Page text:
Wednesday, February 3, 2010


Time for aerodynamics! I bought the ASA Complete Private Pilot, and so I have been making an effort to crack the books and learn the principles of flight. I've got several other supplements, but since the ASA book is reportedly the test prep for the FAA knowledge exam, I've been reading it and taking notes. It's very good and I recommend it to any student pilots out there. That plus Rod Machado's guide should get you ready.

I'm on aerodynamics, which is all wings and lift and Center-of-Gravity and drag. Very important information to know--it's good to understand the unseen hand of lift that will guide you as you fly, because it can reach out and swat you from the sky if you misuse it.

So, to reinforce it in my own head, here are some of the terms and concepts I have been trying to grasp:

Camber: The curvature of the upper surface of a wing.

Angle of Incidence: The angle at which the wing is fastened to the fuselage of the aircraft--usually the Angle of Incidence is one to three degrees.

Downwash: Airflow that is "washing off" the trailing edge of the wing. Related to Newtonian lift, in that "each action must have an equal and opposite reaction."

Chord Line: An imaginary line drawn from the leading edge of the wing to the trailing edge of the wing.

Relative Wind: The wind relative to the flight path. Typically opposite and parallel the flight track. If you are stationary and the wind is blowing from 020 degrees, that is the wind; if you are on a bicycle moving north at 20 knots the relative wind is south 20 knots.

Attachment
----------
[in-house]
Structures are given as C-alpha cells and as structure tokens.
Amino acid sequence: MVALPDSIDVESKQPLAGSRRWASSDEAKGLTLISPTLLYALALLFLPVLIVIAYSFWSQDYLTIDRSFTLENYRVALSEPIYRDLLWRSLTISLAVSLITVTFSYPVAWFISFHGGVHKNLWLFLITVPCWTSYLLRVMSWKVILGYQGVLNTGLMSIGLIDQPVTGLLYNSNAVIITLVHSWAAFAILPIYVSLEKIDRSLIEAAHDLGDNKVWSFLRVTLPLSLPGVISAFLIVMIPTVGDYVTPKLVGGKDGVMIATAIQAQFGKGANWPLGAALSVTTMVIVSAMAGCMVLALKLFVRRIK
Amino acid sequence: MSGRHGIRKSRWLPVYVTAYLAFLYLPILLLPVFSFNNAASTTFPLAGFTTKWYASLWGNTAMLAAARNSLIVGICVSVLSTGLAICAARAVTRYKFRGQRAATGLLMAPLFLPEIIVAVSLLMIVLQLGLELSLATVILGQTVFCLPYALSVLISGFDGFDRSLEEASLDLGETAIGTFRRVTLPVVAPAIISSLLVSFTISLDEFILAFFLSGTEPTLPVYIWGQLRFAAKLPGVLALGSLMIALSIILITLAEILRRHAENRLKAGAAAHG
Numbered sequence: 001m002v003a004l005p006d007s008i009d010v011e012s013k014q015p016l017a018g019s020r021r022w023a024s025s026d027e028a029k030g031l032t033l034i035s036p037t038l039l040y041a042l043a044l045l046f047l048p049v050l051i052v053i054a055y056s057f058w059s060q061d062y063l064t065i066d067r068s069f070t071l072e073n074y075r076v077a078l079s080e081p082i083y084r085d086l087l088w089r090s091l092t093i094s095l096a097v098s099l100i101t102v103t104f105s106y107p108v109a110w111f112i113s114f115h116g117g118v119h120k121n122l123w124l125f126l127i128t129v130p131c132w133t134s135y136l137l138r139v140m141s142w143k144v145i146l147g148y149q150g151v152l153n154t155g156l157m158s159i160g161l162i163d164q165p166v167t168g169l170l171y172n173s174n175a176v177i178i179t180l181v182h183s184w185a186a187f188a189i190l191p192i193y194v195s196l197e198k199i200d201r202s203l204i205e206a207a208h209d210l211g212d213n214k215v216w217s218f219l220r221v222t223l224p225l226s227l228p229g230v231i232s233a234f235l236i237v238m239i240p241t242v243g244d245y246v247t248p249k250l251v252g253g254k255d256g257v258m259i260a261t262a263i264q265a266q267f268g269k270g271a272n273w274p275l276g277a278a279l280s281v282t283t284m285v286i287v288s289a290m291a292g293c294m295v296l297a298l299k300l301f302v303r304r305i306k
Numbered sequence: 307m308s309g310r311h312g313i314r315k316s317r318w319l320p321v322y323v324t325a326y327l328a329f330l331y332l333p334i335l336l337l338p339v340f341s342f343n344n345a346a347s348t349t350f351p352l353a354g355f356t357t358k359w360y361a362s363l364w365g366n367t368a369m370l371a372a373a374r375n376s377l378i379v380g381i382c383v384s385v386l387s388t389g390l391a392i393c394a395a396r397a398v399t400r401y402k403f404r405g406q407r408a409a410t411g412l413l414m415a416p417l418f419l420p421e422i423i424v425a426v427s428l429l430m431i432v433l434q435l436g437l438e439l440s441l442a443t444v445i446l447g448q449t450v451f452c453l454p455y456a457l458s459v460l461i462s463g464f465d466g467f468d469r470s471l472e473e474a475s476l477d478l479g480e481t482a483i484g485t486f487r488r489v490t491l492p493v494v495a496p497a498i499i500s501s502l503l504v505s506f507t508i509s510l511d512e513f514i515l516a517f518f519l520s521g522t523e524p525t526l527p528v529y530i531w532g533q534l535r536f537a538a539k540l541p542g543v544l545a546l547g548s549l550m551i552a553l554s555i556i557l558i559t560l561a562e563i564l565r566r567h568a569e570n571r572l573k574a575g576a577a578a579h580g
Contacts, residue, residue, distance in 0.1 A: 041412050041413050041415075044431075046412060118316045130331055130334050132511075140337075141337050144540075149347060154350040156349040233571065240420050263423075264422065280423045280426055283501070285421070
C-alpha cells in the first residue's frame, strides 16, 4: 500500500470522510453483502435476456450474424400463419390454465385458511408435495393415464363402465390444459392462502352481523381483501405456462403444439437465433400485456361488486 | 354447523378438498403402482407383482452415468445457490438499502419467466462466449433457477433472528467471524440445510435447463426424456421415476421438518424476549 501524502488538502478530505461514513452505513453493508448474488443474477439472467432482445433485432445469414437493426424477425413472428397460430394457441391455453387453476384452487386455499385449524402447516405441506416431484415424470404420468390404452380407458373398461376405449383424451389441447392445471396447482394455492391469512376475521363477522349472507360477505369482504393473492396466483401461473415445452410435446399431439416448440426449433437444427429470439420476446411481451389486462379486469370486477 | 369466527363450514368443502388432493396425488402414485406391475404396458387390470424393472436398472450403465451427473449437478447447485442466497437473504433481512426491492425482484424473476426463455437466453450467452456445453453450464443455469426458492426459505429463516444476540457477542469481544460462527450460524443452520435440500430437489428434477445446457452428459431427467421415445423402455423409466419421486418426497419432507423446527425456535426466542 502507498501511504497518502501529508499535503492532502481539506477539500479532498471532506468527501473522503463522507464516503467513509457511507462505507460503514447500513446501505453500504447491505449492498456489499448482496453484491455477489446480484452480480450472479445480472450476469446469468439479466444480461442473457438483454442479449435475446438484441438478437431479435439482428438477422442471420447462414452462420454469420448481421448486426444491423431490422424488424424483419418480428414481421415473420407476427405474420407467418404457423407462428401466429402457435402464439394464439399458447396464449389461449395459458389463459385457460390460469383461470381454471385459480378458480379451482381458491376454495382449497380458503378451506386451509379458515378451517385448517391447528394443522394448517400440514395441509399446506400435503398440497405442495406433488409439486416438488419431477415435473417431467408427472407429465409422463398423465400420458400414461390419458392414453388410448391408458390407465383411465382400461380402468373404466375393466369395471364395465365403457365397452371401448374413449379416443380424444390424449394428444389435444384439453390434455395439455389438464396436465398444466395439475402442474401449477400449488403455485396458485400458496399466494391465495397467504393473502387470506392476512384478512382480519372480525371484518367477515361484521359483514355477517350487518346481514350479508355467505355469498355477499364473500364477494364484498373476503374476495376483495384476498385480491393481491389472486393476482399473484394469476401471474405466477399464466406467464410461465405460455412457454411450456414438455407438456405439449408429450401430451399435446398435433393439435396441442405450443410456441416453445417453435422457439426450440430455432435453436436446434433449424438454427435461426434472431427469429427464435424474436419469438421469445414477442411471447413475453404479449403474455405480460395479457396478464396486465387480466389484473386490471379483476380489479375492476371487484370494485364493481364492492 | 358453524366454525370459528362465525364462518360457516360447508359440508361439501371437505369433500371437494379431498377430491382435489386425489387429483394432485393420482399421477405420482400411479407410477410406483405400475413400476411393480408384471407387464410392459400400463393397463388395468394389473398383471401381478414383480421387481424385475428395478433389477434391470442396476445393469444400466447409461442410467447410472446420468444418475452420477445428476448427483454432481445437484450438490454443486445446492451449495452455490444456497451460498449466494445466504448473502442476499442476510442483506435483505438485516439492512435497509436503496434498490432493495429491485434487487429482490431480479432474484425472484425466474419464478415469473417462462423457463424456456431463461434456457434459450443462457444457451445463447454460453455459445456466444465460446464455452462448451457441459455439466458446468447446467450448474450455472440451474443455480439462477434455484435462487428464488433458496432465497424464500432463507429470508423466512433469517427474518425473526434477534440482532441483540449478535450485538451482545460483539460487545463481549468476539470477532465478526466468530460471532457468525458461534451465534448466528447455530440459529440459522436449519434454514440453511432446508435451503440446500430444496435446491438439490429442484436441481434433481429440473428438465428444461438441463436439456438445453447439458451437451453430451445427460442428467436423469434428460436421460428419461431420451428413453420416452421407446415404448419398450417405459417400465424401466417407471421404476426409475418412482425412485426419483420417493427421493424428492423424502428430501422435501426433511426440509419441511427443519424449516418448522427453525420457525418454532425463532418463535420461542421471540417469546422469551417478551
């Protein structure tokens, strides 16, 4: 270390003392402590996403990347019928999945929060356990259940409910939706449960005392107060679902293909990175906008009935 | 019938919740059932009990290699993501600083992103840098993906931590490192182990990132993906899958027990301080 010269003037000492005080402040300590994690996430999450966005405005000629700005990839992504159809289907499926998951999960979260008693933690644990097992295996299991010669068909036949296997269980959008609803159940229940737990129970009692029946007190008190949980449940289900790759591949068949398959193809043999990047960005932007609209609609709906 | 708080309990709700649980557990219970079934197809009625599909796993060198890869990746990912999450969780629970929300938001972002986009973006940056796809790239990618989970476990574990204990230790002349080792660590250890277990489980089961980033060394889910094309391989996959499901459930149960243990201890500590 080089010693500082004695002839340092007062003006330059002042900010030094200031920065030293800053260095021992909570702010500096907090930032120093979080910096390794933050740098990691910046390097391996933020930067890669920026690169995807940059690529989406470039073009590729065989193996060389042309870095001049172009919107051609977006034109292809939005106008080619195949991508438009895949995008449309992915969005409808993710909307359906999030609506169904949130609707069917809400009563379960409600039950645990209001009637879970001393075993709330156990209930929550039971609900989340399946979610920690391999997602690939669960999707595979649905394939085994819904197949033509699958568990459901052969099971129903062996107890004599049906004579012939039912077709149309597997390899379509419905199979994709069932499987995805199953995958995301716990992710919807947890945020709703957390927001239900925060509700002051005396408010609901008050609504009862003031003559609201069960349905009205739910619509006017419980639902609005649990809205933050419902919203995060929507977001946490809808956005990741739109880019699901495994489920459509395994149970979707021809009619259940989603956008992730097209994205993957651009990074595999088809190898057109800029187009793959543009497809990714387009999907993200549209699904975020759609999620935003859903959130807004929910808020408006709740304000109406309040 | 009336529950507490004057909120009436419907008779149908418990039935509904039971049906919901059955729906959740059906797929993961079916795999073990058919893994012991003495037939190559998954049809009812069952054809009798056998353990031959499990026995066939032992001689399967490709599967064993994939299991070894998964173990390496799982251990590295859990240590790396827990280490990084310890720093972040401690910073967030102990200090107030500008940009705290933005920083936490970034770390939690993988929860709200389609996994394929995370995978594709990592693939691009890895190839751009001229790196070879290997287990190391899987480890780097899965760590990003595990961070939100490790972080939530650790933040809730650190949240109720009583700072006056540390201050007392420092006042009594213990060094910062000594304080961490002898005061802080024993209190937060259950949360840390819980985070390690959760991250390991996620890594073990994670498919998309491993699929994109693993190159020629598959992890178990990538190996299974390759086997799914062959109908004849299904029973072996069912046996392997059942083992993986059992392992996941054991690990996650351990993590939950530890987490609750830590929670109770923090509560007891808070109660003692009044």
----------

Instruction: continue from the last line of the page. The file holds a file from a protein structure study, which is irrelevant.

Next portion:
Angle of Attack:
The angle between the chord line and the relative wind.

Mushing Flight: An attempt to maintain altitude with angle of attack alone and no power. Leads to a nose-up attitude with a loss in altitude. STALL IMMINENT IN MUSHING FLIGHT.

In addition to these concepts, I am trying to master the relationship between velocity and lift. According to the text, when you double your airspeed, you quadruple your lift. However when you halve your airspeed, you quarter your lift. The practical upshot of all this is that staying aloft requires speed. Don't slow down lest the ground rise up to befriend you.

Lift is also balanced by drag, which is broken into "parasite drag" and "induced drag." Parasite drag is from protuberances off the airframe (landing gear, antennae, etc.) Parasite drag will quadruple if you double your airspeed, which is the practical limiting factor in attaining high speeds.

Induced drag is a result of the meeting of high and low pressure air off the wing. Rotational forces as air spirals off the wingtips can also cause induced drag, and changes in the angle of attack will increase or decrease induced drag.

Fascinating stuff, no? These concepts are the building blocks of flying. Not as glamorous as slamming throttles and doing loop-de-loops, but by gum it's important to know the principles of flight.

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